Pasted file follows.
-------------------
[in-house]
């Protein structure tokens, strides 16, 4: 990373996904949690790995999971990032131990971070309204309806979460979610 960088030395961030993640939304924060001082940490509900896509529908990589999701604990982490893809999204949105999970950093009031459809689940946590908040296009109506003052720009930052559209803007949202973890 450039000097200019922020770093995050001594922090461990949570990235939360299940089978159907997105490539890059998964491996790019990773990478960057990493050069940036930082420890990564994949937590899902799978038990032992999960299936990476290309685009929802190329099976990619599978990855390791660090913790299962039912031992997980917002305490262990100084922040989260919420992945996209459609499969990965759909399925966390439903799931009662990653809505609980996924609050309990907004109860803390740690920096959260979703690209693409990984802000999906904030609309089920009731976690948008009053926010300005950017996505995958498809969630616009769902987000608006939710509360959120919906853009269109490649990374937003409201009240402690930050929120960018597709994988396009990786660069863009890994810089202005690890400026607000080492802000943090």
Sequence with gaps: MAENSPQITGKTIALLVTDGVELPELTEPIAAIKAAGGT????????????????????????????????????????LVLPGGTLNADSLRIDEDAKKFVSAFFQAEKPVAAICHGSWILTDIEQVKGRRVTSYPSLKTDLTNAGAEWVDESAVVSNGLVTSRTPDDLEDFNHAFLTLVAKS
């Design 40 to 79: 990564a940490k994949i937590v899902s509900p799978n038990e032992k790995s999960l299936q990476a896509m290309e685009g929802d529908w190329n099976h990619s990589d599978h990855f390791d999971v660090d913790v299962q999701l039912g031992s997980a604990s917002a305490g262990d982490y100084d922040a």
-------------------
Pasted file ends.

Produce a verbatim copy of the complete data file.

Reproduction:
[in-house]
């Protein structure tokens, strides 16, 4: 990373996904949690790995999971990032131990971070309204309806979460979610 960088030395961030993640939304924060001082940490509900896509529908990589999701604990982490893809999204949105999970950093009031459809689940946590908040296009109506003052720009930052559209803007949202973890 450039000097200019922020770093995050001594922090461990949570990235939360299940089978159907997105490539890059998964491996790019990773990478960057990493050069940036930082420890990564994949937590899902799978038990032992999960299936990476290309685009929802190329099976990619599978990855390791660090913790299962039912031992997980917002305490262990100084922040989260919420992945996209459609499969990965759909399925966390439903799931009662990653809505609980996924609050309990907004109860803390740690920096959260979703690209693409990984802000999906904030609309089920009731976690948008009053926010300005950017996505995958498809969630616009769902987000608006939710509360959120919906853009269109490649990374937003409201009240402690930050929120960018597709994988396009990786660069863009890994810089202005690890400026607000080492802000943090």
Sequence with gaps: MAENSPQITGKTIALLVTDGVELPELTEPIAAIKAAGGT????????????????????????????????????????LVLPGGTLNADSLRIDEDAKKFVSAFFQAEKPVAAICHGSWILTDIEQVKGRRVTSYPSLKTDLTNAGAEWVDESAVVSNGLVTSRTPDDLEDFNHAFLTLVAKS
């Design 40 to 79: 990564a940490k994949i937590v899902s509900p799978n038990e032992k790995s999960l299936q990476a896509m290309e685009g929802d529908w190329n099976h990619s990589d599978h990855f390791d999971v660090d913790v299962q999701l039912g031992s997980a604990s917002a305490g262990d982490y100084d922040a």